The meal had come to a halt. The festive table had uncurled its last party blower and snapped its last cracker. Chocolate mints lay smeared across the surface, trailing uneaten from their tartan-beribboned basket. A pudding bowl held up part of the tablecloth on which someone had spilled red wine and then white "to take the stain of the red out". The atmosphere was rich with aromas of rum butter, brandy sauce, orange liqueur, sherry trifle and wine. Even the cat looked tipsy.

Beside the ruins of the feast, surrounded by empty wine bottles and dropped chipolatas the cat wouldn’t touch, baby Jamie was asleep in his padded car seat. The alcohol-laden air appeared to have affected him as well. He was deeply asleep, his lips moving slightly in a sucking motion. He’d lost the dark hair he was born with and his soft head was anointed with a fine fluffy down.

I sat back in my chair, swinging the front legs slightly as I had never been allowed to do as a child. I was feeling less like a mummy-machine than usual, and more like the self-contained balanced woman I had a hazy memory of. I watched Jamie as he slept. He looked the embodiment of a baby cherub. Growing wings would be a formality.

In my first days in hospital with him, I had felt as if I were in heaven.   I had lived in a haze: probably induced by the pethidine. My experience was largely physical; for once in my intellectual life I did not want to think. Instinct passed the time.

I spent long moments that seemed like aeons gazing into the eyes of that small baby, raking him with my gaze, examining every microscopic path of skin, fluffy baby hair, getting to know this creature which was me, had come from me, still was me. When he fed he suckled from my whole being and we were one. Once he was asleep in his cot I too curled up on my side, my knees tucked into my chest, where I could see him clearly in his transparent-walled cot. We were one, so that I could not tell where I ended and he began, which was mother and which baby. Perhaps I was the baby, curled up in bliss.

It was later that he appeared to become a changeling. The day we brought him home from hospital — was it only eight weeks ago? — Leo had walked the floor with him at one a.m. swearing that it was "time this baby learned to sleep."

At two months Jamie was still waking three or four times a night, and it was me who walked the floor with him when he needed it, the novelty having soon worn off for his day-jobbed dad.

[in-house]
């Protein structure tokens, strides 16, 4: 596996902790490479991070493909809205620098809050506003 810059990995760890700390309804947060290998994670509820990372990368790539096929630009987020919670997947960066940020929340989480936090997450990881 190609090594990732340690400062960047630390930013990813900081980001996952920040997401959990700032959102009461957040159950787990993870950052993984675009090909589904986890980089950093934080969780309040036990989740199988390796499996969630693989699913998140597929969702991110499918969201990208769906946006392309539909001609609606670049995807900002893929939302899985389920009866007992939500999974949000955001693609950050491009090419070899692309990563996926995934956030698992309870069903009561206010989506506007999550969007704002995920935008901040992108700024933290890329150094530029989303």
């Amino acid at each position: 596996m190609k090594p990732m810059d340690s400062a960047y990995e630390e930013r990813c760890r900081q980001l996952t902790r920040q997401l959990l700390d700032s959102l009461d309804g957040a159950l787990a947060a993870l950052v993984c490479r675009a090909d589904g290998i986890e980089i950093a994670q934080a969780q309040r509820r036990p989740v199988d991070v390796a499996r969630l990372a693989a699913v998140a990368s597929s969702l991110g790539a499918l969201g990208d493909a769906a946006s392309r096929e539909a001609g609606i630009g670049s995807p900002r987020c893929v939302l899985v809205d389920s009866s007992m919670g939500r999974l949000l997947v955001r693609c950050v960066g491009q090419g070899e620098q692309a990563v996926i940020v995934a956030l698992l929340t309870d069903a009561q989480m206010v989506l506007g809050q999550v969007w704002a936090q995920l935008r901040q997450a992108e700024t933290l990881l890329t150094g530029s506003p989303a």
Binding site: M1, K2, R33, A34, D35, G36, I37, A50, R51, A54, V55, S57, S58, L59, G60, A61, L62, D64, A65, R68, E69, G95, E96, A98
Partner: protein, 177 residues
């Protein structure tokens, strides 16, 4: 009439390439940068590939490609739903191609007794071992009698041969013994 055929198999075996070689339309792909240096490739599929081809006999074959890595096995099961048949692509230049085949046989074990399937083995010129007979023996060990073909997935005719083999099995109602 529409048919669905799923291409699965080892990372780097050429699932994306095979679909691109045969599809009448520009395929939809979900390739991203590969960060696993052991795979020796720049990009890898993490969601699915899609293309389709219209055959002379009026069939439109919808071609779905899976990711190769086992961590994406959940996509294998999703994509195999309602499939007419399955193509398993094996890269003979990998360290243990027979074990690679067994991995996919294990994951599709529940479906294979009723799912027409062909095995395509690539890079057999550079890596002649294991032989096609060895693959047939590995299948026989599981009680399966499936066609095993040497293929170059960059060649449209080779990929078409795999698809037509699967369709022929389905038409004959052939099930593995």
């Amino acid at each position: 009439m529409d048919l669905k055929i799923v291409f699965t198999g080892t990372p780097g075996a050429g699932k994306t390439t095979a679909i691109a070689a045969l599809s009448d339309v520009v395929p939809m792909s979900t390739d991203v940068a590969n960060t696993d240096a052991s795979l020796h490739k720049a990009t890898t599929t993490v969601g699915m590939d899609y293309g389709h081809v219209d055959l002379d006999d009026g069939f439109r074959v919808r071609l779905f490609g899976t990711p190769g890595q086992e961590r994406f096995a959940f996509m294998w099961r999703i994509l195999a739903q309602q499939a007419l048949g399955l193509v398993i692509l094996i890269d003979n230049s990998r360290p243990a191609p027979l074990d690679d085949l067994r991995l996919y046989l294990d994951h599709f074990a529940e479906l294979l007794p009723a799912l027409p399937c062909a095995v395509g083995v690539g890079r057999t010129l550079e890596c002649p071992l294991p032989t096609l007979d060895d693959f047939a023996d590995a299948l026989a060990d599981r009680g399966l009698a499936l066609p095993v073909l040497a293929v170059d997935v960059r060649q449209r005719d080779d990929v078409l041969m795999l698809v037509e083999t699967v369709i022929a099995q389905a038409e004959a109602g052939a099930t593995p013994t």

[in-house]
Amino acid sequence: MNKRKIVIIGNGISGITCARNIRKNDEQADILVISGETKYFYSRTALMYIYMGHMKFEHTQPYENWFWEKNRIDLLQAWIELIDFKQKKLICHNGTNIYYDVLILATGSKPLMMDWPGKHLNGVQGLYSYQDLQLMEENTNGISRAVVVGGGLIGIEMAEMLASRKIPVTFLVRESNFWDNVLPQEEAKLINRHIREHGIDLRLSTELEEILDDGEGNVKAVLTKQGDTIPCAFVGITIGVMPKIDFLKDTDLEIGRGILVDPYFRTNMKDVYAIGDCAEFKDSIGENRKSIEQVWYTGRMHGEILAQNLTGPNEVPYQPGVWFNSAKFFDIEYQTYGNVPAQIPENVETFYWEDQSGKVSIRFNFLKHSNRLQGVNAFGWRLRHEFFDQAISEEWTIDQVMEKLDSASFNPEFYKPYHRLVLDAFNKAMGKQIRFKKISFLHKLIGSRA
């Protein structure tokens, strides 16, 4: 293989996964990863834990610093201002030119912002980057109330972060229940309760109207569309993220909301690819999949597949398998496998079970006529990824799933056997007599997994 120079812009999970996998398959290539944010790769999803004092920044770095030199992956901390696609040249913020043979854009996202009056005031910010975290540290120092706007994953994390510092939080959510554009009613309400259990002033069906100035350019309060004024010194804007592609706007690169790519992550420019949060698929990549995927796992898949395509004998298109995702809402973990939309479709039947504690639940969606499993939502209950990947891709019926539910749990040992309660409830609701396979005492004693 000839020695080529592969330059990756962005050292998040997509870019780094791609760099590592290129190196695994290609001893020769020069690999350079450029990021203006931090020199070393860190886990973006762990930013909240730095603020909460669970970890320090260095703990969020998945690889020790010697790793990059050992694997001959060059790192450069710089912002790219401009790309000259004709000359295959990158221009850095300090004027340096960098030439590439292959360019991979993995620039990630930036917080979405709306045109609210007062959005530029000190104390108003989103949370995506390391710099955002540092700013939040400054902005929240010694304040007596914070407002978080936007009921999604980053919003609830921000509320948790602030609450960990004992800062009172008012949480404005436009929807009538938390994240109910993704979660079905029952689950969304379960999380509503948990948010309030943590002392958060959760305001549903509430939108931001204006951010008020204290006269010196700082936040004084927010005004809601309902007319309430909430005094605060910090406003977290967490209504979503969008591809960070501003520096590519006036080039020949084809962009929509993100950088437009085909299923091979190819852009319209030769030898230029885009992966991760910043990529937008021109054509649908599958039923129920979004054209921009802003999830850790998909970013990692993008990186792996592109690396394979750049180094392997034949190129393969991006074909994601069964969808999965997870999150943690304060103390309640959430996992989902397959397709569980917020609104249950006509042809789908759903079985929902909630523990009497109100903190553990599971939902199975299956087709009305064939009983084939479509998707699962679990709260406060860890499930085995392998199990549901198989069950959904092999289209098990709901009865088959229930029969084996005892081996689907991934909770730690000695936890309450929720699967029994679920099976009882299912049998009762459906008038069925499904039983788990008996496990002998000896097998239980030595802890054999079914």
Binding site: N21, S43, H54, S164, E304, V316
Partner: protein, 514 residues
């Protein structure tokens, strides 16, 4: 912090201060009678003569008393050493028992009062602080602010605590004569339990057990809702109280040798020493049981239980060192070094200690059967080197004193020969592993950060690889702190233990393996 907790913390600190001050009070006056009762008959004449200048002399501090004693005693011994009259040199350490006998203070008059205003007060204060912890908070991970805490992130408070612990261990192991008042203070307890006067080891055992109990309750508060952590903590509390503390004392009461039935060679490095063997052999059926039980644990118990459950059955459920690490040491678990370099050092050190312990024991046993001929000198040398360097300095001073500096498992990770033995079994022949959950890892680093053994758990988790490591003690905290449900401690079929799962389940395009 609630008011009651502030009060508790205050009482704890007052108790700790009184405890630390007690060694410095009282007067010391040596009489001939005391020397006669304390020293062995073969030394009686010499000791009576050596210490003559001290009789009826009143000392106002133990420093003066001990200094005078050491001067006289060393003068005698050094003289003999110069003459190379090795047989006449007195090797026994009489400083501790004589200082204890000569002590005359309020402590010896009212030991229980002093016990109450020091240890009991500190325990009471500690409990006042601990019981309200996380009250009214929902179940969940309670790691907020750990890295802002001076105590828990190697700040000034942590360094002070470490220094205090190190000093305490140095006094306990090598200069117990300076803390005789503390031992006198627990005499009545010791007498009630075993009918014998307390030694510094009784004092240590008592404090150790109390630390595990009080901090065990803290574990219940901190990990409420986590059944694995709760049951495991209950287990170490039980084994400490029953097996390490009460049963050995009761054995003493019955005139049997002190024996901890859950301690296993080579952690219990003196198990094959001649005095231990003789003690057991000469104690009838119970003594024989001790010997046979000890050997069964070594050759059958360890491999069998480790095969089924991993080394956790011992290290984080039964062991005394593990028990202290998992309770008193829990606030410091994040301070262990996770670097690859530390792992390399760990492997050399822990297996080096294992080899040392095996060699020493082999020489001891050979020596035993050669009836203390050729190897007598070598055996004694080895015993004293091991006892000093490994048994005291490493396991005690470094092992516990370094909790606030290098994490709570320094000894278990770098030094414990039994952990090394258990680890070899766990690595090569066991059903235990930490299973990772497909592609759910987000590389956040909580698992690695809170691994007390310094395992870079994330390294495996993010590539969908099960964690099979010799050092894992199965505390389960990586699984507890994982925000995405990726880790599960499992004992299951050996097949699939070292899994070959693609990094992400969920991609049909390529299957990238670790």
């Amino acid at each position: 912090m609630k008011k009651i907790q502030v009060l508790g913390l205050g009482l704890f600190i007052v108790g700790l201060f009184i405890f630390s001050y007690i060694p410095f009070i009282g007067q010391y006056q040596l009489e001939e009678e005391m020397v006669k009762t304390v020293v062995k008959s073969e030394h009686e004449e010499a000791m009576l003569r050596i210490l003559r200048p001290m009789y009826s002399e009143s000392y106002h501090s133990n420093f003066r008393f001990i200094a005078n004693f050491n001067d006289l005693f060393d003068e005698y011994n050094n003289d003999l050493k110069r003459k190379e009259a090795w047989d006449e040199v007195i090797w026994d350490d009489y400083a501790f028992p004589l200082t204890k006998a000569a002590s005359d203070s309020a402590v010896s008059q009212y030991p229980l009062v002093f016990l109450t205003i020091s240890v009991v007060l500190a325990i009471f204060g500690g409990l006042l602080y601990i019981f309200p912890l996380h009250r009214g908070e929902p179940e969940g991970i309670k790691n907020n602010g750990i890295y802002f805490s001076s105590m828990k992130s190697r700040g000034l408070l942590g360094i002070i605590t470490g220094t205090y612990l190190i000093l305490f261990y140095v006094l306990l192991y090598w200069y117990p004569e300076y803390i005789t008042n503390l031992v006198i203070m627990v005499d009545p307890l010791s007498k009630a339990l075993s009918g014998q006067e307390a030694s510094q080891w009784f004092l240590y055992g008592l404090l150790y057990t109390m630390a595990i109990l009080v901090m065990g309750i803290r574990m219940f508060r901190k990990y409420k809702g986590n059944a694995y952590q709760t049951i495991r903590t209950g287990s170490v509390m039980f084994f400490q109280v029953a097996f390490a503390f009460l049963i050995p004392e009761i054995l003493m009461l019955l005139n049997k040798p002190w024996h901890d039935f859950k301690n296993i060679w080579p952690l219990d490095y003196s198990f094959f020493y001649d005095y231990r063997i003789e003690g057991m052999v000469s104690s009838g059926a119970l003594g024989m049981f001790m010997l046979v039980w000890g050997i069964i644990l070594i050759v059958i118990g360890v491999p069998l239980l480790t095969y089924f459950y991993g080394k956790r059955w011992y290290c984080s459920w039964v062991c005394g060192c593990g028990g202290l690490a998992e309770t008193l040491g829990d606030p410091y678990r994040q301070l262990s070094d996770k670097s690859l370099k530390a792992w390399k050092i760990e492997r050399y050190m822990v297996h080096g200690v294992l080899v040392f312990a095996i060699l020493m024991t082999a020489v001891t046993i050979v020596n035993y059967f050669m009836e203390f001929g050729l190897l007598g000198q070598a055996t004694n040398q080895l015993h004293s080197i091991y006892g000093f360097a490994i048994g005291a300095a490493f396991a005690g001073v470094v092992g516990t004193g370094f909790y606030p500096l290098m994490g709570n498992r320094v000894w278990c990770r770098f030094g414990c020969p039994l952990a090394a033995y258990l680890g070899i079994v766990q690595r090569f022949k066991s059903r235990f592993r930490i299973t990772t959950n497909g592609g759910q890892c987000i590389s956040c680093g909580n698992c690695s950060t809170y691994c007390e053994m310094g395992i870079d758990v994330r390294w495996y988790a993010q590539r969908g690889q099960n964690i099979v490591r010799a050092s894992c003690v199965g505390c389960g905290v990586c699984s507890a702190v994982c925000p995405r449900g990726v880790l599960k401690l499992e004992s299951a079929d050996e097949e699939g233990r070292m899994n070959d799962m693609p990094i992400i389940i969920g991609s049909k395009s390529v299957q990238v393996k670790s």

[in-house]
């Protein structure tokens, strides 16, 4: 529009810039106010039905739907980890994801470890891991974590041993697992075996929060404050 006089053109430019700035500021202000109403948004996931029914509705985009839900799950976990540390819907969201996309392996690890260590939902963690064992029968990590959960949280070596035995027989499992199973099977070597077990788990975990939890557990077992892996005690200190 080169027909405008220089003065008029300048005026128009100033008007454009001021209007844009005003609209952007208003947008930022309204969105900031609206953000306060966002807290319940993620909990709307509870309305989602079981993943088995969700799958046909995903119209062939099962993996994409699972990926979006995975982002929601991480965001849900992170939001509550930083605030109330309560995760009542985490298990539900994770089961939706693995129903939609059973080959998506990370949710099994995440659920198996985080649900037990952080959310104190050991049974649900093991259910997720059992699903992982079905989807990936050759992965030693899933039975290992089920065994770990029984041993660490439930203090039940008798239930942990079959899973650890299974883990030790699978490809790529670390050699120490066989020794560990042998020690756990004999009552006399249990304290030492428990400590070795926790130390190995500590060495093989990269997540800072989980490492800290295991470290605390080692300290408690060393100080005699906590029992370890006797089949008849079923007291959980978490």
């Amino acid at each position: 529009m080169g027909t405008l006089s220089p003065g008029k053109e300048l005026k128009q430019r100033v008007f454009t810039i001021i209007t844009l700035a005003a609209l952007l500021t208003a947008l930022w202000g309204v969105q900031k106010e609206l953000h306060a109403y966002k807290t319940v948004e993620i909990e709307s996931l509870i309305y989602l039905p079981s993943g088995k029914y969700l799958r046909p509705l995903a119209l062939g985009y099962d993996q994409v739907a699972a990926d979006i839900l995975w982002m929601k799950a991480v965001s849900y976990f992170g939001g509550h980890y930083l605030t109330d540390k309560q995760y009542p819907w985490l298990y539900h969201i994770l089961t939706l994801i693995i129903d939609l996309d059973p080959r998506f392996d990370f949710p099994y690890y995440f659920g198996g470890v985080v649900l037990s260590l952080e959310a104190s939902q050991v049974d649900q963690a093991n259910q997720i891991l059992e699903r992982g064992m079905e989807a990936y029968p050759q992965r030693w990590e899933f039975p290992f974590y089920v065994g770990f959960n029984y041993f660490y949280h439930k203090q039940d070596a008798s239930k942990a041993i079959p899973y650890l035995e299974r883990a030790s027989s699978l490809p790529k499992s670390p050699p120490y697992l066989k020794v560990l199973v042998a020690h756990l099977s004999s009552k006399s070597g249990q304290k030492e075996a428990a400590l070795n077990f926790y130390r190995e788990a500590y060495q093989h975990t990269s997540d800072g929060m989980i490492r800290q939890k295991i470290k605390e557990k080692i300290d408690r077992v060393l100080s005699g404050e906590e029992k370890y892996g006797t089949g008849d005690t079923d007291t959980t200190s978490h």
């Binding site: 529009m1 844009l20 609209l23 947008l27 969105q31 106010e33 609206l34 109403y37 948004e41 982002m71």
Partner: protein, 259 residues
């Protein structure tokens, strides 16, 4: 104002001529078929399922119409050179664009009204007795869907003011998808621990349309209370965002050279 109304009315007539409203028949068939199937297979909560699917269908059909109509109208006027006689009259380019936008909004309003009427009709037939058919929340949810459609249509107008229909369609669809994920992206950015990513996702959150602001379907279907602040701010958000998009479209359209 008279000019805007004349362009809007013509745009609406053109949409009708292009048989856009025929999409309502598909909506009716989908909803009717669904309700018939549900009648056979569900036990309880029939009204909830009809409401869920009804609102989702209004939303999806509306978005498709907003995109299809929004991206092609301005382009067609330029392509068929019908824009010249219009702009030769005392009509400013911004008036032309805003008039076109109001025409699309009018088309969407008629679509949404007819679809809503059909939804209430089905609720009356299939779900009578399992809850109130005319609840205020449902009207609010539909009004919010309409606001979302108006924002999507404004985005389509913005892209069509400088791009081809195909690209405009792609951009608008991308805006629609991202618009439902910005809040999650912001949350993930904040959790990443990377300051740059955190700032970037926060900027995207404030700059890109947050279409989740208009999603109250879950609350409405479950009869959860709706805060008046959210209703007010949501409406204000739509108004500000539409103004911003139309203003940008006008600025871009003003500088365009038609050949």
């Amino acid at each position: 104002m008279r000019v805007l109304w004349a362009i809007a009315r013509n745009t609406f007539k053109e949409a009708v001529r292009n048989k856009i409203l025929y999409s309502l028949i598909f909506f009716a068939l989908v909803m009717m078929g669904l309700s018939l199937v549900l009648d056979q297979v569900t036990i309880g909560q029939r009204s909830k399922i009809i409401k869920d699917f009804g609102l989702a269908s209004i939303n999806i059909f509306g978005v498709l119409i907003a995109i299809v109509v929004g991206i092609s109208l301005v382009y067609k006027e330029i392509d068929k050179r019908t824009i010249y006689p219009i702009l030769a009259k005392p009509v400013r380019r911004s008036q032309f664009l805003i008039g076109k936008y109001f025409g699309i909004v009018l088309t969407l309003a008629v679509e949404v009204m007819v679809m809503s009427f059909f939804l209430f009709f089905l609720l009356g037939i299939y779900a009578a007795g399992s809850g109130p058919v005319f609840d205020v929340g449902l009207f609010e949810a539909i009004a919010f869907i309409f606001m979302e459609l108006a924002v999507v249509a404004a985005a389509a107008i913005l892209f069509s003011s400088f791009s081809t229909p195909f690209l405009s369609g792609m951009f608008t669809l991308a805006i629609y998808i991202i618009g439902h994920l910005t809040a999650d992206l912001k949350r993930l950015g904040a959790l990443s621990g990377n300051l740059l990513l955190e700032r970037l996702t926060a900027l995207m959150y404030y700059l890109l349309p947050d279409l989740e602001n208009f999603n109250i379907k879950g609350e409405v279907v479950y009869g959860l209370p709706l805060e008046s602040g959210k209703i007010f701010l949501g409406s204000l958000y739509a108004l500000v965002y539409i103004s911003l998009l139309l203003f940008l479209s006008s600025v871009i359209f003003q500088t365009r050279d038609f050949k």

Still, Christmas had come as a blessing. Not only was Leo on holiday for a few precious days, but Jamie had grandparents, aunts and uncles to coo over him, dote on his every new smile and relieve me of 25-hour care. I still had the nights to cope with, but at least I  could hand him over for an hour or so while I napped during the day. Unfortunately I always woke up as soon as he cried -- wherever he was. No-one else could quieten him, soothe his distress, the way I, his mother, could. No-one could feed him except me; he’d categorically refused to take a bottle even when it contained my own milk. Still, it was early days, and he was our first child. No doubt there were techniques I hadn't discovered yet. I'd have to ask around. What a blessing the mother and baby groups were!

Jamie was certainly thriving. At each feed, once I’d settled him down, he’d suck away for hours. Now that was true bliss, when the baby was contentedly feeding and I had nothing to do but relax and enjoy his company. He was putting weight on, like a baby elephant rather than a boy. He fed and fed, every hour sometimes, and then he’d go right off it for a while. I put that down to something I'd eaten, but I was never sure what.

Everyone else was watching the Queen’s speech in the lounge. For once I didn’t mind being the one watching the baby. He was so sweet I could eat him, smother him in butter and honey and cram him back inside me where it would all be so simple again.

The Queen’s speech had now finished, and there were sounds of people moving about in the other rooms of my mother-in-law’s big house. The doorbell rang, voices greeted and the visitors coursed through the house, great plump people shedding big coats, rolling over me and coming to rest around the baby seat.

"Isn’t he sweet?"

"A little angel! Congratulations!"

"Look at that hair!"

"Can I pick him up?"

I started to say: "But he’s asleep." Already, however, the commotion had dragged him back from milk and teddy dreamland. He looked from strange face to strange face and seemed to consider for a while whether it was worth getting upset.

Then his eyes went droopy, his face screwed up and he began to wail. It took about 10 seconds before back-patting and rocking by the visitor failed and:

"He’s hungry, I expect. Let’s give you back to your Mummy, dear!"

I accepted the writhing bundle wordlessly and left for the upper regions of the house and privacy. Guiltily I hoped that the glass of wine I’d had with Christmas dinner would have worked its way through my system by now and would swiftly put the baby back to his interrupted sleep. Then I could chat to the visitors, like a real adult.

curly rule

Helen Whitehead

Part of this work was submitted as the Dissertation for the
MA in Writing

Nottingham Trent University

To move on, follow the theme


Last amended on 27th July 1998 / copyright H. M. Whitehead